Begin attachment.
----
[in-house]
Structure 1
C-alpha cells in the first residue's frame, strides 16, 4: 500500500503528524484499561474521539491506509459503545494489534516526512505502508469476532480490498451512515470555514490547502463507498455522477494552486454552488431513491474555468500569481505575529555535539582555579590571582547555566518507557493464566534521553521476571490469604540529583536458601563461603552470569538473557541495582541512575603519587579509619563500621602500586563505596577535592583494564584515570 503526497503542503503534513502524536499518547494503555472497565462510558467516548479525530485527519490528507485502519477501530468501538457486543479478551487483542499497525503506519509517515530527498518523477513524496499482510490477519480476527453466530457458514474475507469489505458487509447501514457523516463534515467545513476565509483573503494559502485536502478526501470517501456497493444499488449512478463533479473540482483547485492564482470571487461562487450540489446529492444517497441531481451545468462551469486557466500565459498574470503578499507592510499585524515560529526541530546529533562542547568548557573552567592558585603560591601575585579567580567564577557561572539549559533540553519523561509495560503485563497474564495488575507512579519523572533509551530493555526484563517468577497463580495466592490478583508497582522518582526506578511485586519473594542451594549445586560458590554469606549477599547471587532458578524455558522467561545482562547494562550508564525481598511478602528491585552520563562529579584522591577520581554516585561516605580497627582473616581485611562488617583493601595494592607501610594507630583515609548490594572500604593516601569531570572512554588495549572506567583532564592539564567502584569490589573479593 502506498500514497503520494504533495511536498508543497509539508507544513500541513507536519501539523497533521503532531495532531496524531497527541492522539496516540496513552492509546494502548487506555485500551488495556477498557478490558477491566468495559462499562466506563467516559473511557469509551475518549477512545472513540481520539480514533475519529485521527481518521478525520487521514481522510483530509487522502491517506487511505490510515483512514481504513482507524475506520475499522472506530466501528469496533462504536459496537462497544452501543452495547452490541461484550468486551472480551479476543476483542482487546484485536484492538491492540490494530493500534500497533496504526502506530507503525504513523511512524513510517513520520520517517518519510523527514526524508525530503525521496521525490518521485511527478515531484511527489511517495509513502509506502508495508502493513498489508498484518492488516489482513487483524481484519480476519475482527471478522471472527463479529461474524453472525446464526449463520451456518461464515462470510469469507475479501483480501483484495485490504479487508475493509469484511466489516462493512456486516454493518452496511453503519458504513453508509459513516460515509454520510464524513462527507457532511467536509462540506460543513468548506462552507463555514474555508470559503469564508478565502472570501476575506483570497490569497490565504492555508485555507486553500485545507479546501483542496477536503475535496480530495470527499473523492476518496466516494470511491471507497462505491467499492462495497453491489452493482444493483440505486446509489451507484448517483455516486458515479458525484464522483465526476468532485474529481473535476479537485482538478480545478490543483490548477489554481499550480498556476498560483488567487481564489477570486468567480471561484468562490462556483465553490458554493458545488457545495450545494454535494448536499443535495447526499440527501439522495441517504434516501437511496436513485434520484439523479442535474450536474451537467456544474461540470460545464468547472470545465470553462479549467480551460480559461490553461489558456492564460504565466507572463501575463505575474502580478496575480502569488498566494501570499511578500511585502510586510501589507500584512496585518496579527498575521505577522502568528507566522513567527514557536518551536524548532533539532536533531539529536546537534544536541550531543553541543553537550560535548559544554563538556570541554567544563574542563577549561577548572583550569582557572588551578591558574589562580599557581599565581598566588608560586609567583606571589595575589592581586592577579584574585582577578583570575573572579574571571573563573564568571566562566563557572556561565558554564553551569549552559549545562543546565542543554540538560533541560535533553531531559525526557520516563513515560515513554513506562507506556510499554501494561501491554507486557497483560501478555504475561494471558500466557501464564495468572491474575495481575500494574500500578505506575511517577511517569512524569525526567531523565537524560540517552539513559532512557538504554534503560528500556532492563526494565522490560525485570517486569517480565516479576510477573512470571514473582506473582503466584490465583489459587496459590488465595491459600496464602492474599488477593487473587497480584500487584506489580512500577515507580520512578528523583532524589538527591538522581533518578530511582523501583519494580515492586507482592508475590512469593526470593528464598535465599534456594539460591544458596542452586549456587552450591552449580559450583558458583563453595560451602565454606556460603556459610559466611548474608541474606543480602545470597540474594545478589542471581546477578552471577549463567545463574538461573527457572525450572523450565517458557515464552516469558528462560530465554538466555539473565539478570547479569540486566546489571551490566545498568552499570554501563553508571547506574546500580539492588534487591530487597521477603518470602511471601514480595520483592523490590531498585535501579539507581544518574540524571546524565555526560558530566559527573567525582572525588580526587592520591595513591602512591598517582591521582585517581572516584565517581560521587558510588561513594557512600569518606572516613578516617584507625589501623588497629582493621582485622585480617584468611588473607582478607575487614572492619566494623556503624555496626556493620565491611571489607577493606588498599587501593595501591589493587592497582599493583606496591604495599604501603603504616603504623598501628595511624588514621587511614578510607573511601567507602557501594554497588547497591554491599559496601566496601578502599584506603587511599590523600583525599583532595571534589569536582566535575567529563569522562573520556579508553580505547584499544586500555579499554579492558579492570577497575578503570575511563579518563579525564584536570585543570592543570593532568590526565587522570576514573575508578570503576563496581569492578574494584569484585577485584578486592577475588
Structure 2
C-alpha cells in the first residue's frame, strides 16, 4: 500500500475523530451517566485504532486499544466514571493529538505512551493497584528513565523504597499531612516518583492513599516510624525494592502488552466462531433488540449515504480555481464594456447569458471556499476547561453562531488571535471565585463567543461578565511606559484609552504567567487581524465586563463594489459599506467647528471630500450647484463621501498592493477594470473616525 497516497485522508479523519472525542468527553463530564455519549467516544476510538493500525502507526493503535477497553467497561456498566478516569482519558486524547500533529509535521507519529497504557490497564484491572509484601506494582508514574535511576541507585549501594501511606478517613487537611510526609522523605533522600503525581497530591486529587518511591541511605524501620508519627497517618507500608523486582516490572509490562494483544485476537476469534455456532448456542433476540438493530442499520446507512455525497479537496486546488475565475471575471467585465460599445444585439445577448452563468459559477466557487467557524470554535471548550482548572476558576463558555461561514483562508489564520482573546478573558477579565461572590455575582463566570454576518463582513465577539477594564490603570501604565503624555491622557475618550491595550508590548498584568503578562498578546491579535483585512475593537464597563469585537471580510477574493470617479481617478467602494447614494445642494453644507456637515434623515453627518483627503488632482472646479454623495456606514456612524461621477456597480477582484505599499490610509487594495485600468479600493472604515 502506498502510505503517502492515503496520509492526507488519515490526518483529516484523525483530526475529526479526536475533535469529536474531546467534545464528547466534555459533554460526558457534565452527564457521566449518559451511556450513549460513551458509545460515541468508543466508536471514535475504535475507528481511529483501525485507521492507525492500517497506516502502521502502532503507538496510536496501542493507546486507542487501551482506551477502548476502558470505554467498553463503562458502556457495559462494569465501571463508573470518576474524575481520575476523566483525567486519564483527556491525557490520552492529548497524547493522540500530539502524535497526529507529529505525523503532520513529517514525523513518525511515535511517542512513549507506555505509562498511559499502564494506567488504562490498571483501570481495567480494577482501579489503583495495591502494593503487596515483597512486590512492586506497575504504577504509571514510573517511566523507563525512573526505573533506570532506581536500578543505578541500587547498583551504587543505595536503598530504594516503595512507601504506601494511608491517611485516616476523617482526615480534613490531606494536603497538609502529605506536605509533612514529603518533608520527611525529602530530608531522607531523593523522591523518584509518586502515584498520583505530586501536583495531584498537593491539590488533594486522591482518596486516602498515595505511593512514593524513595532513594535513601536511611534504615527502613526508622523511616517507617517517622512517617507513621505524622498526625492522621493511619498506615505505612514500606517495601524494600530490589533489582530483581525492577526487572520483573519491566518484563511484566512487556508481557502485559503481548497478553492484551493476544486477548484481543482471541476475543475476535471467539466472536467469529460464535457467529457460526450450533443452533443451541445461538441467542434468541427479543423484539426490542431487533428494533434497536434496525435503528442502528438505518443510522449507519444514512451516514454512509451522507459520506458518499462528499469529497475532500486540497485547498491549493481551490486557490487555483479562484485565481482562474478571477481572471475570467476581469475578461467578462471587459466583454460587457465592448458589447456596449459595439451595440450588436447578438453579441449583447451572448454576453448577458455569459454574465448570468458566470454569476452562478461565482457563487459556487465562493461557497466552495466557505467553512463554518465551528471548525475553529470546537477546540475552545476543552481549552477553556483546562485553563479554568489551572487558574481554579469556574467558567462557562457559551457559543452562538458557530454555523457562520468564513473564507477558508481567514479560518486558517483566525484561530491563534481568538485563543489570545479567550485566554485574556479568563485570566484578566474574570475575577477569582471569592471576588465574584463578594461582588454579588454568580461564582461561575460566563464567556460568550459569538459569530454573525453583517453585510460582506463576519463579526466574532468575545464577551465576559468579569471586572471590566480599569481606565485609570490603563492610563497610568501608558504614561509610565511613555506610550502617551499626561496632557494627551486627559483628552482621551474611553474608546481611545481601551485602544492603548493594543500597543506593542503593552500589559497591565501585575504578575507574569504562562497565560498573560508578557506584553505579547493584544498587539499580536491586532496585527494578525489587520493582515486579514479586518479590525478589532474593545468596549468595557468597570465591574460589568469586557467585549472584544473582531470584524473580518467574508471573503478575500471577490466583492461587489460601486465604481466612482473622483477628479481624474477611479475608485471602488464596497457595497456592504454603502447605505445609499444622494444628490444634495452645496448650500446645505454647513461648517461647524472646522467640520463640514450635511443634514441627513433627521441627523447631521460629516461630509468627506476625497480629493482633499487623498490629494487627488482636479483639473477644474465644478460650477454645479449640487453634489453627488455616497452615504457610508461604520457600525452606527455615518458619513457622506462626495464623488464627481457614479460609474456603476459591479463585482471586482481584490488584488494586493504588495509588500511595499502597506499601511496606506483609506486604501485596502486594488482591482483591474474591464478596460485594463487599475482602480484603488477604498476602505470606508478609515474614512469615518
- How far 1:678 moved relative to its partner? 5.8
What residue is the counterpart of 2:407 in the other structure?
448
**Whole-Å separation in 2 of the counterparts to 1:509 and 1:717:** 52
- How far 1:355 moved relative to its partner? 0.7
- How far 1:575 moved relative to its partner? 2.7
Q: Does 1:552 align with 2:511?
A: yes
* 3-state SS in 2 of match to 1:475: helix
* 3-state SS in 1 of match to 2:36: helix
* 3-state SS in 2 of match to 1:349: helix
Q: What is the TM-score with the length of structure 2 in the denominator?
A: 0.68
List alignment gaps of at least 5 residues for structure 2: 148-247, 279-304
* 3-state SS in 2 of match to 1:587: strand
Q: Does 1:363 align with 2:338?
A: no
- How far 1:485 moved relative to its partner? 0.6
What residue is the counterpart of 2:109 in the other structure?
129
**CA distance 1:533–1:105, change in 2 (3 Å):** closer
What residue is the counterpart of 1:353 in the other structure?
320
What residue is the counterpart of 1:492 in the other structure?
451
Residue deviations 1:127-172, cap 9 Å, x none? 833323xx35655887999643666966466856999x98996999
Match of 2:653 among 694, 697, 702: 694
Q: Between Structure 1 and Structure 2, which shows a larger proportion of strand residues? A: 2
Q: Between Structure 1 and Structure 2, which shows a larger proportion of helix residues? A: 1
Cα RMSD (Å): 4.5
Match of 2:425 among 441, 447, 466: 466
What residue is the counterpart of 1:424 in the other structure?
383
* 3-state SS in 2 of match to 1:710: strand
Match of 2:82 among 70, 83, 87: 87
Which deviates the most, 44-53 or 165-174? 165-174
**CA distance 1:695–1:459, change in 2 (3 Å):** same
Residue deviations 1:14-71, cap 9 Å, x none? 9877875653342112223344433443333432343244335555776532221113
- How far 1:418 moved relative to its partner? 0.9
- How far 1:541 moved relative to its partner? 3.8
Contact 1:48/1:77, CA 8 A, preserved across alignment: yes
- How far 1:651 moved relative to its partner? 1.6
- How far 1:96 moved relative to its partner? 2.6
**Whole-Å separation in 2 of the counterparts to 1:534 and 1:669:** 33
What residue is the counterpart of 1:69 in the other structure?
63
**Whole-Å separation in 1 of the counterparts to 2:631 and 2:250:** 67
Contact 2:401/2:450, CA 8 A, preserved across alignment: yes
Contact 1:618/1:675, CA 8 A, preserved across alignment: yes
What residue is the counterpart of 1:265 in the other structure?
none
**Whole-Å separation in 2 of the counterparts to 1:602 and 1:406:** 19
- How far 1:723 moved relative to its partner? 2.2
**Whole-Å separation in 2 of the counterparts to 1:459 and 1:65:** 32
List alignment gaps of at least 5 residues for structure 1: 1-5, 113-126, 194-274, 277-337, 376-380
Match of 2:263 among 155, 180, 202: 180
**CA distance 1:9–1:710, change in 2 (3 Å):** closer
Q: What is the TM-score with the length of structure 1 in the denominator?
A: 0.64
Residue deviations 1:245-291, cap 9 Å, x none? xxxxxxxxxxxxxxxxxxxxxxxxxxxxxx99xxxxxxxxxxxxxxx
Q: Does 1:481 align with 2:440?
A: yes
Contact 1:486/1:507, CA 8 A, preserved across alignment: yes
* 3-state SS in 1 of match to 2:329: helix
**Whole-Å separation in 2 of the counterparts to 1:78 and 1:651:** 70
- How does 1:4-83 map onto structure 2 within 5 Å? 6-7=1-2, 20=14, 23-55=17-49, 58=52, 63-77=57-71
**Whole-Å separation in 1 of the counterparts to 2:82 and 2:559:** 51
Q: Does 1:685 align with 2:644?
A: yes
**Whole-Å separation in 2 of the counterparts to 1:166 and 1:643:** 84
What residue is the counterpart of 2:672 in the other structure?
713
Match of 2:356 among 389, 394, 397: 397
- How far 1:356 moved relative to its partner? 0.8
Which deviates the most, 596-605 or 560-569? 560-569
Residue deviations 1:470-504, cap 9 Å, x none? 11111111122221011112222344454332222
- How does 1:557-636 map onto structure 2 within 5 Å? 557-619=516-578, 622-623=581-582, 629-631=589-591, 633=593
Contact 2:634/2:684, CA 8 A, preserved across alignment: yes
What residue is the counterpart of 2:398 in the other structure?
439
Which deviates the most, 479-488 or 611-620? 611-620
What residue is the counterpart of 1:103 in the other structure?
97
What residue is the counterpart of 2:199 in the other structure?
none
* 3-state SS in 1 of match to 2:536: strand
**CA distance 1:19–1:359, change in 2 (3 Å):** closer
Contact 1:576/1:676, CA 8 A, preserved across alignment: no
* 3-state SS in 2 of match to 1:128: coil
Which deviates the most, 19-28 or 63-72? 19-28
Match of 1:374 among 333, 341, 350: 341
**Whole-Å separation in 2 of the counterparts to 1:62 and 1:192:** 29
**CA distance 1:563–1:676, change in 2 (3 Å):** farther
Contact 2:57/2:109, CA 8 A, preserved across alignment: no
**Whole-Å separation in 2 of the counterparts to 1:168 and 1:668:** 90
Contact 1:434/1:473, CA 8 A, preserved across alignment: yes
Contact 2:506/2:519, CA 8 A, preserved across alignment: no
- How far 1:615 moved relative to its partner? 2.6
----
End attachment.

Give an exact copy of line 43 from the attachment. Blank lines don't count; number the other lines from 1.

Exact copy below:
Residue deviations 1:14-71, cap 9 Å, x none? 9877875653342112223344433443333432343244335555776532221113